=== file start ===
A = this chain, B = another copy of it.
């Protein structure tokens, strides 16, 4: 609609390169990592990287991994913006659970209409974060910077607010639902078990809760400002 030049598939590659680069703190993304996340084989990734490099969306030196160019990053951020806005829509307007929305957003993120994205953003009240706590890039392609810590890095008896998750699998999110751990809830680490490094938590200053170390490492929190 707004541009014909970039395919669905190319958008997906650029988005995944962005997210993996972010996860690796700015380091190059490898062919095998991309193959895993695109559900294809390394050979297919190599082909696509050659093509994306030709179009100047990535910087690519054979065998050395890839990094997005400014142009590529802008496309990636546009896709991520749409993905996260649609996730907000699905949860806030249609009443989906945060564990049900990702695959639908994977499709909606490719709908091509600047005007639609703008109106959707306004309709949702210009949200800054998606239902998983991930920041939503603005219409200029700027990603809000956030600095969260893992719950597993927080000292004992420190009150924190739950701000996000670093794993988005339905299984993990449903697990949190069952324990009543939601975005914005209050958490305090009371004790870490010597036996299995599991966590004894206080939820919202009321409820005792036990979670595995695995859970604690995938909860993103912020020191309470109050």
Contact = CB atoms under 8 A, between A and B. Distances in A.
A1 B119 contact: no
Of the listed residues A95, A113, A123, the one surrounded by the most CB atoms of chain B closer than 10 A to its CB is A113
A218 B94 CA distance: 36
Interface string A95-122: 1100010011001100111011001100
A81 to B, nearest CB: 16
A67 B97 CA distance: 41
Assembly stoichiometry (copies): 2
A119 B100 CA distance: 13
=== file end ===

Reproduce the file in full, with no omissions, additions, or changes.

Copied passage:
A = this chain, B = another copy of it.
């Protein structure tokens, strides 16, 4: 609609390169990592990287991994913006659970209409974060910077607010639902078990809760400002 030049598939590659680069703190993304996340084989990734490099969306030196160019990053951020806005829509307007929305957003993120994205953003009240706590890039392609810590890095008896998750699998999110751990809830680490490094938590200053170390490492929190 707004541009014909970039395919669905190319958008997906650029988005995944962005997210993996972010996860690796700015380091190059490898062919095998991309193959895993695109559900294809390394050979297919190599082909696509050659093509994306030709179009100047990535910087690519054979065998050395890839990094997005400014142009590529802008496309990636546009896709991520749409993905996260649609996730907000699905949860806030249609009443989906945060564990049900990702695959639908994977499709909606490719709908091509600047005007639609703008109106959707306004309709949702210009949200800054998606239902998983991930920041939503603005219409200029700027990603809000956030600095969260893992719950597993927080000292004992420190009150924190739950701000996000670093794993988005339905299984993990449903697990949190069952324990009543939601975005914005209050958490305090009371004790870490010597036996299995599991966590004894206080939820919202009321409820005792036990979670595995695995859970604690995938909860993103912020020191309470109050």
Contact = CB atoms under 8 A, between A and B. Distances in A.
A1 B119 contact: no
Of the listed residues A95, A113, A123, the one surrounded by the most CB atoms of chain B closer than 10 A to its CB is A113
A218 B94 CA distance: 36
Interface string A95-122: 1100010011001100111011001100
A81 to B, nearest CB: 16
A67 B97 CA distance: 41
Assembly stoichiometry (copies): 2
A119 B100 CA distance: 13